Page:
Visa for China

It is advised to apply for visa as early as possible, ensuring that you will get acceptance of visa in time before traveling to China. Please click on the link below to find out more information:


Electricity & power

China uses generally 220V, 50HZ, AC. You can use your electric appliances in China, if the standard voltage in your country is in between 220V - 240V (as in the UK, Europe, Australia and most of Asian and African countries). 



Shanghai Pudong International Airport is one of two international airports of Shanghai and a major aviation hub of China. Pudong Airport mainly serves international flights, while the city's other major airport Hongqiao International Airport mainly serves domestic and regional flights. Pudong Airport is located about 30 kilometers(19 mi) east of the city center and has two main passenger terminals, Terminal 1 and Terminal 2. A third passenger terminal has been planned since 2015.


Shanghai Maglev (Magnetic Levitation) Train links Pudong International Airport with Longyang Road Metro Station in the city center, where transfer other Metro Lines is possible (Line 2, 7 and 16). The 30km ride from Longyang Road Metro Station to Pudong International Airport typically takes less than 10 minutes, with the maximum speed reaching more than 400 km/h. Trains operate every 15 minutes, therefore passengers can expectto arrive in less than 25 minutes in the city, waiting time included.


Shanghai Metro Line 2, also provides service between Pudong International Airport and all the main points of the city, Longyang Road, Lujiazui, People’s Square and Hongqiao International Airport, Shanghai's primary domestic airport. Line2 is part of the Shanghai Metro system, therefore unlike the Maglev Train, free in-system transfers to other lines are possible. Prices are substantially lower than the Maglev Train. Acasual ride to People’s Square, the city center, typically takes just over an hour. It is wise to allow more than five hours for a safe flight transfer at Hongqiao International Airport using public transportation.


Eight airport bus lines serve the airport, providing rapid links to various destinations in and out of the city.



The city’s name means “Upon the Sea”. It has a humid subtropical climate and experiences four distinct seasons. Winters can be chilly and damp while summers are hot and humid. The most pleasant seasons are spring, although changeable and somewhat rainy, and autumn, which is generally sunny and dry.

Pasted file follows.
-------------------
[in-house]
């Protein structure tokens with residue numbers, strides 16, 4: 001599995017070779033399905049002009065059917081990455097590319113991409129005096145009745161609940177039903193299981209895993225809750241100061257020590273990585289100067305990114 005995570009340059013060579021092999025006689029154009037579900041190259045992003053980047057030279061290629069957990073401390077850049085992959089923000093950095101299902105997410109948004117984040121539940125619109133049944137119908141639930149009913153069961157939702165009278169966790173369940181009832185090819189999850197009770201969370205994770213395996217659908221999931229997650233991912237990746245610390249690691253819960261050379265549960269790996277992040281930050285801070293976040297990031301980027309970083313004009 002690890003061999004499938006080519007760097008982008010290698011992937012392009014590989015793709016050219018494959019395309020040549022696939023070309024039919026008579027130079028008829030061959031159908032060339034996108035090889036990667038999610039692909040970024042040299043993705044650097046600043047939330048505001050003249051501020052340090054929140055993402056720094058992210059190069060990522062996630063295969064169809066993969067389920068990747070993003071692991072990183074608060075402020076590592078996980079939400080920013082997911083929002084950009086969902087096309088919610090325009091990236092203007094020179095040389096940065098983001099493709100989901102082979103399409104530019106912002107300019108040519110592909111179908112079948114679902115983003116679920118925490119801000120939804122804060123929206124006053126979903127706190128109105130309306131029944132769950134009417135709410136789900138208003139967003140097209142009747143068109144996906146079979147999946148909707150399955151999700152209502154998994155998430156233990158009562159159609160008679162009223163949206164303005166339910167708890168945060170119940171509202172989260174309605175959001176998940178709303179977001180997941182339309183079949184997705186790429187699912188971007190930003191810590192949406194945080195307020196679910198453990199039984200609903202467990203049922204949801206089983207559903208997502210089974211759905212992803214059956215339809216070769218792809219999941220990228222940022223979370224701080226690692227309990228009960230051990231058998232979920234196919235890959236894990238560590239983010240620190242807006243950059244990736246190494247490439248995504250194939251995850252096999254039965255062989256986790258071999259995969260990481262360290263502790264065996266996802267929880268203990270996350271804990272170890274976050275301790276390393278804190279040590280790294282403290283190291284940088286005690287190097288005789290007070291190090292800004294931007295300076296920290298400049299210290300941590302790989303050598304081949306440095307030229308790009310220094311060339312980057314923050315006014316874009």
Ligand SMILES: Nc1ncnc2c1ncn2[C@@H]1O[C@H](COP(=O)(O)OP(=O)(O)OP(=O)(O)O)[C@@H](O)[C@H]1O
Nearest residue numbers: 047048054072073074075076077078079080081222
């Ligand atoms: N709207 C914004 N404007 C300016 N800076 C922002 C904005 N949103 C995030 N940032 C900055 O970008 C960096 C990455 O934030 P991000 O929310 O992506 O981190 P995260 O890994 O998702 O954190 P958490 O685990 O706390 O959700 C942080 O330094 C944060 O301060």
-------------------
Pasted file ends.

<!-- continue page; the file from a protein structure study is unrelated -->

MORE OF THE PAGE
Currency, Money & Banks

The official Chinese currency is the yuan (¥) ordifferently called the Renminbi (RMB). One yuan is divided into 10 jiao, and there are 10 fen in one jiao. Bank notes are printed in denominations from 1, 2, and 5 jiao, and ¥1, ¥2, ¥5, ¥10, ¥20, ¥50, and ¥100 yuan.


One of the easiest and most convenient places to change money is at the airport upon arrival. Rates are the same at all banks but the charge for exchanging is different which is nominal. Exchange counters at the airport should take both cash and travelers' checks. Please keep your exchange receipts if you plan to change any Chinese currency into another currency at the end of your trip as this is a prerequi site from the bank.


Many areas in China will not accept credit cards ordebit cards, so you always need to have some cash. Cash is widely accepted inmarkets, small restaurants and for transportation. Credit cards are mainly accepted in hotels and larger stores and restaurants.


Banks open daily from 9:00 till 17:00. During weekends and public holidays, their business hours are shortened by one or two hours. One can find self-service banks and ATM machine soperate any time.


Health & Safety

No vaccinations are required for entry to China. Hygiene standards in Shanghai are some of the highest in China, but despite this, the standards in some places are still not up to thosein other developed nations. Do take precautions but travelers should not beunduly worried. To minimize this risk of stomach upsets wash your hands frequently; eat freshly cooked hot food and only drink boiled or bottled water bought in supermarkets, larger shops, and convenience stores. If you begin to feel unwell, contact your hotel reception first. The top hotels have in-house doctors or doctors on call who may be able to treat minor ailments and direct you to the best places should further treatment be required.


China is one of Asia's safest destinations, and Shanghai is one of the safest cities in the world for foreign travelers. Most likely the biggest potential threat you'll encounter will be the pickpockets who tend to congregate in crowded places like subway stations, popular tourist sights and crowded markets. As always, the standard precautions apply: leave as many of your valuables as you can in hotel safes; any other valuables should be distributed around your person, and not kept inside your purse or backpack,which can be easily picked. 





Organized by:

Co-organized by:
Renji Hospital, Shanghai Jiaotong University School of Medicine